Fire/EMS Response to Suicide Bombing Events

Suicide bombings have proven to be one of the most effective ways to successfully penetrate a target and create injuries and havoc. A suicide bomber is a very difficult threat to counter.

On March 11, 2004 multiple "backpack" train bombings in Spain killed 200 and injured over 1,000. There were three additional devices found during the event that had been planted for first responders.

There have been dozens of American soldiers and innocent Iraqis killed by roadside and suicide bombs in Iraq in the past 12 months including six Americans killed by a roadside IED on March 15. On February 29, two simultaneous suicide bombings occurred in northern Iraq that killed over 100 individuals.

There have been several suicide bombers intercepted in Afghanistan and Iraq as they were in the final stages of an attack. On October 15, 2003 a bomb was detonated against a U S Embassy convoy in the Gaza Strip in Israel, in which three American security guards were murdered and one was wounded.

November 8, 2003 a suicide car bomb disguised as a police vehicle killed 17 and injured over 100 in Riyadh, Saudi Arabia. That attack was initiated with an actual armed assault to gain entry into the compound. Recent intelligence has stated that Al Qaeda has been actively recruiting potential suicide bombers and female members.

It is a very simple and inexpensive process to make a suicide belt or bomb. Could this be one of the possible future threats we are facing in the United States of America?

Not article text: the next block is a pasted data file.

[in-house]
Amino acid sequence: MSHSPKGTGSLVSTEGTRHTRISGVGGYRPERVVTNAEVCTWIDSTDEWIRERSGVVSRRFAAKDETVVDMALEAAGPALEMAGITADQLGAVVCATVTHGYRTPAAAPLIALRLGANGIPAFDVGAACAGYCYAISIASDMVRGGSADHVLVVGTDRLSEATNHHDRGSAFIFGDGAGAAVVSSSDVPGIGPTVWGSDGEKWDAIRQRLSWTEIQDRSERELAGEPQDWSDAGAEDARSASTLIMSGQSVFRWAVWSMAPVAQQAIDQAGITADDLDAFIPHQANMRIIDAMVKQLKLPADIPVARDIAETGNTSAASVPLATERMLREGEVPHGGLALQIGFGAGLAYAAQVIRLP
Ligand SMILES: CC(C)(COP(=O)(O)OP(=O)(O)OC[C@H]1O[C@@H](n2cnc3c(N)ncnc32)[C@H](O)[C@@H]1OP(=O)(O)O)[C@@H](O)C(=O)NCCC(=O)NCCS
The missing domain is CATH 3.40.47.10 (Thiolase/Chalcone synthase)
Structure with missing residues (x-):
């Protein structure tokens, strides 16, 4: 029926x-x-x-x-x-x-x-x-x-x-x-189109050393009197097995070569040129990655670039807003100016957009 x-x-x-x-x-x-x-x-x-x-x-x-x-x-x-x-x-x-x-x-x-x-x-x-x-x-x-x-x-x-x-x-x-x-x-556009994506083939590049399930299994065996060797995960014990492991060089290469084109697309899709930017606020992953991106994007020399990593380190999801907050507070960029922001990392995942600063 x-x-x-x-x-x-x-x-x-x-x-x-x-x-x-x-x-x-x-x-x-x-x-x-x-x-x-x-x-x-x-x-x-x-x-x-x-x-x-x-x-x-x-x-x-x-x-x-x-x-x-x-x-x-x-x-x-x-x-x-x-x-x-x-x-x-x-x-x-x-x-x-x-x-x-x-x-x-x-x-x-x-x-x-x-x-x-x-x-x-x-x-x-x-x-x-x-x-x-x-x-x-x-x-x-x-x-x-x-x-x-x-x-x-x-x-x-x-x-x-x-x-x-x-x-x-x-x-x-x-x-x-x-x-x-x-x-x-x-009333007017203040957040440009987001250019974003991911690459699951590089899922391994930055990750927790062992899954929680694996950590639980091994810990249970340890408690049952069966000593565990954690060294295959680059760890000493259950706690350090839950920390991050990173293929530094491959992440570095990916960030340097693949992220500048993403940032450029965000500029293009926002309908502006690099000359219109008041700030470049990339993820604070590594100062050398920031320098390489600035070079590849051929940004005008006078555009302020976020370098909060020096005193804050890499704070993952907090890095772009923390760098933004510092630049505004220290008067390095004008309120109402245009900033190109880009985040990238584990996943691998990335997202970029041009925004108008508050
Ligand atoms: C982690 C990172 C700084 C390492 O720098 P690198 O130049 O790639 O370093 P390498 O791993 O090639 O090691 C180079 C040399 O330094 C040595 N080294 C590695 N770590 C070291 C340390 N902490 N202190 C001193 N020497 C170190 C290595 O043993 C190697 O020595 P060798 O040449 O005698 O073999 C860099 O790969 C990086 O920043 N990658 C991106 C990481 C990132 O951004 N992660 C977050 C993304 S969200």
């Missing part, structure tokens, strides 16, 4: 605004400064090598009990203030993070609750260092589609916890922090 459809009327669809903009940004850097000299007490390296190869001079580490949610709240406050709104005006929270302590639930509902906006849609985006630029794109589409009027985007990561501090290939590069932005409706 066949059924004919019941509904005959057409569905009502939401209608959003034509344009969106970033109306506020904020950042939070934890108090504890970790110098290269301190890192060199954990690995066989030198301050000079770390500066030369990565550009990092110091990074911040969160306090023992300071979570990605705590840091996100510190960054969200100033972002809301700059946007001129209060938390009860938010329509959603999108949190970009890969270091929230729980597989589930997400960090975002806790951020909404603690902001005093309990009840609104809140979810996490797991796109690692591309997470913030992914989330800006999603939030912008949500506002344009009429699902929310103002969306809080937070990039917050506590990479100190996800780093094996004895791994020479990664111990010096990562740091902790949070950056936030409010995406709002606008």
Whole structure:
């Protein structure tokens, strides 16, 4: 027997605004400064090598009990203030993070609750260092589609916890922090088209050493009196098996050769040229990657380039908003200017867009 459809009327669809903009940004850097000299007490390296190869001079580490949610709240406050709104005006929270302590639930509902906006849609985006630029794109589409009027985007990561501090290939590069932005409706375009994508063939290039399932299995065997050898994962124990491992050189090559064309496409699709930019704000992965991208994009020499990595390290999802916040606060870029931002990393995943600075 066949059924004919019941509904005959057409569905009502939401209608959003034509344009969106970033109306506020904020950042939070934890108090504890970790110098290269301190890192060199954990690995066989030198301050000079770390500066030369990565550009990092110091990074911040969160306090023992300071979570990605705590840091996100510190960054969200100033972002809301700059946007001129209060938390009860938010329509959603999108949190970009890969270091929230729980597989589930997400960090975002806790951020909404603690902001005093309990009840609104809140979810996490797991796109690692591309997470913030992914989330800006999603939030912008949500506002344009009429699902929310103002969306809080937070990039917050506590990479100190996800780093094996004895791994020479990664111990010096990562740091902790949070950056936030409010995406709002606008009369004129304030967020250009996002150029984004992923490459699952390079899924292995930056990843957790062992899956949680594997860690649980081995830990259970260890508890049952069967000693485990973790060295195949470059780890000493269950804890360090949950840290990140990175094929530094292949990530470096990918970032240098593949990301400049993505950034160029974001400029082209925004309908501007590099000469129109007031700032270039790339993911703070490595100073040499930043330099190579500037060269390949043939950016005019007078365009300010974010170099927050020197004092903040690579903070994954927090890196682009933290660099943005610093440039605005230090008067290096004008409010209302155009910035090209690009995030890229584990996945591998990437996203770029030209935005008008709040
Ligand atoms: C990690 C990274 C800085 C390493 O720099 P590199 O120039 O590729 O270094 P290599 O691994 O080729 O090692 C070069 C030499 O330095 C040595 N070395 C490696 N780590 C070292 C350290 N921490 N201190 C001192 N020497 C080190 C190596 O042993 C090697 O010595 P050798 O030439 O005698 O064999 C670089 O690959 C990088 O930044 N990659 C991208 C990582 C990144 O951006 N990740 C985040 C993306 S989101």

FBI Director Robert Mueller stated, "Suicide bombers are inevitable in the United Sates." "There is no 100 percent defense against suicide bombers," said former CIA Counter terrorism Chief Vince Cannistraro. At this time the FBI possesses no information indicating specific plans to conduct suicide bombings against the United States.

However, due to the recent increase of homicide bombings in the Middle East, there has been a concern that terrorist organizations or lone Islamic extremists may target American interests at home or abroad. For instance, in 1997 law enforcement officials arrested two individuals for plotting a suicide bombing attack aimed at Orthodox Jews on a Brooklyn, NY subway station. During the May 20, 2003 increase of the National Homeland Security Threat Level to Orange, there is reference to the seriousness of "large vehicle borne devices and suicide bombers".

How would your agency respond to an actual suicide bombing or a suicide bomber threat?

Suicide bombings have proven to be one of the most effective ways to successfully penetrate a target and create injuries and havoc. A suicide bomber is a very difficult threat to counter. Every week we see the scenes of chaos and destruction caused by bombings on buses and in cafes.

What type of impact would a similar event cause in the United States in a coffee shop or sporting event? A suicide bomber or "homicide bomber" as coined by President George W. Bush, is an individual that carries an IED (Improvised Explosive Device) on their person to detonate in a location with the intention of taking the lives of bystanders as well as their own.

Since 2000, there have been over 900 Israelis killed in bombings and shootings, and, the majority of these fatalities are caused by suicide/homicide bombers. Suicide bombings have occurred across the globe in Afghanistan, Argentina, Algeria, Egypt, Sri Lanka, India, Iraq, Lebanon, Kuwait, Israel, Turkey, East Africa, Croatia, Chechnya, Yemen, Panama, Morocco, Saudi Arabia and Pakistan. As of the middle of 2003, there have been well over 300 suicide attacks carried out in 14 countries by 17 terror organizations. Modern suicide bombing was introduced in Lebanon throughout the 1980s.

There is a tremendous amount of information on profiling, pre-incident indicators, interdiction, response and other important issues that cannot be covered in this article due to time constraints. This article will focus primarily on the "Fire/EMS Suicide Bombing Response".

Middle Eastern experiences have shown:

This content continues onto the next page...